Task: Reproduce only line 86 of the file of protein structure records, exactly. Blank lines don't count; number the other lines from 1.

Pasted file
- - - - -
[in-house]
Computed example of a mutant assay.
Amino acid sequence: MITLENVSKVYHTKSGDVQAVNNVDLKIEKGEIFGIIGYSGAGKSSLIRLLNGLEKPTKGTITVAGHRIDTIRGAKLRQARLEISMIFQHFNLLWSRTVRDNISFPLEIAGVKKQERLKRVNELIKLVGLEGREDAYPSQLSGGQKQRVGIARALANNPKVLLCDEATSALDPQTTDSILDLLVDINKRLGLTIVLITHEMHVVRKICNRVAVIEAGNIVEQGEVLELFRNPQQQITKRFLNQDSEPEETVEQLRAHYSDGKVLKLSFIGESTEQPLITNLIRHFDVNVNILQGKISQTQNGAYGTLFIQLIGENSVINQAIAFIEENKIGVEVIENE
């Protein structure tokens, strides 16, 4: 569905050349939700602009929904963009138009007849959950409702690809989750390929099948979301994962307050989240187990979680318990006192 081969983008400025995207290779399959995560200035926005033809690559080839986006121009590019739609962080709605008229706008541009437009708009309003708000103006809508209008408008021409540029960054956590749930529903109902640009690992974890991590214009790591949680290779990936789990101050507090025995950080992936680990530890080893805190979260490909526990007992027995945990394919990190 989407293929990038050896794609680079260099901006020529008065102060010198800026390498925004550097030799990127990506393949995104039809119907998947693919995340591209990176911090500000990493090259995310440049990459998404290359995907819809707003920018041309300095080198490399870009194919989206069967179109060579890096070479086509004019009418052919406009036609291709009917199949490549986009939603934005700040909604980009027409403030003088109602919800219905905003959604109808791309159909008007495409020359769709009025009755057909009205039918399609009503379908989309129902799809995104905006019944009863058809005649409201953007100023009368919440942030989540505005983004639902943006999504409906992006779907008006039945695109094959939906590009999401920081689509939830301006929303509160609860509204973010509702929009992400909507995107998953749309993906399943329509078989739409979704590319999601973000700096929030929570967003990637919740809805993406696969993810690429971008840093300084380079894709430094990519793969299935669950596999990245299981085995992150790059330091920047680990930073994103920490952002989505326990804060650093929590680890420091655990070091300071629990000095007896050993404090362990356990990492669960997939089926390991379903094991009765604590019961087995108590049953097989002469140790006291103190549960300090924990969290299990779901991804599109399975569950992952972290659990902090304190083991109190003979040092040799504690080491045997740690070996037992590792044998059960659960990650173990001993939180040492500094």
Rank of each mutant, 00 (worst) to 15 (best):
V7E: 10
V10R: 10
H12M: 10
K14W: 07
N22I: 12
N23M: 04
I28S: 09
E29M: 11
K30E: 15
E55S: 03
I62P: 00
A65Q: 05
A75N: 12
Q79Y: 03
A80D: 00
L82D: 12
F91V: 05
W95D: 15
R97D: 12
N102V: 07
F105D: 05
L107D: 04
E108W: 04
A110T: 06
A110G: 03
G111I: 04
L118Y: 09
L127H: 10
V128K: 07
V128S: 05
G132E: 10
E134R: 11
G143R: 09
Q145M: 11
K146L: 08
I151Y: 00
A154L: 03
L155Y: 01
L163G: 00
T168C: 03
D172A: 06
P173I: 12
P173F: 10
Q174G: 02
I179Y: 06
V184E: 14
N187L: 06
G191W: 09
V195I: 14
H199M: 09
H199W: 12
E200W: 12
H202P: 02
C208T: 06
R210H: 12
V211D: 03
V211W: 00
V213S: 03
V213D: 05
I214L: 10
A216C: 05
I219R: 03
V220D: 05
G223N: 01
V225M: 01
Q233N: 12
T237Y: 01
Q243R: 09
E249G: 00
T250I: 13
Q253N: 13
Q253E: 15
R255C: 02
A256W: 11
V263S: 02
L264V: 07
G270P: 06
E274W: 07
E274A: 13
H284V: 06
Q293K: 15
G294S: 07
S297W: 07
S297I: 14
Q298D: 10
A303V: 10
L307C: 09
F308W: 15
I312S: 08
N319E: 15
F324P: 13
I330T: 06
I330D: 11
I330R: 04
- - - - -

Q293K: 15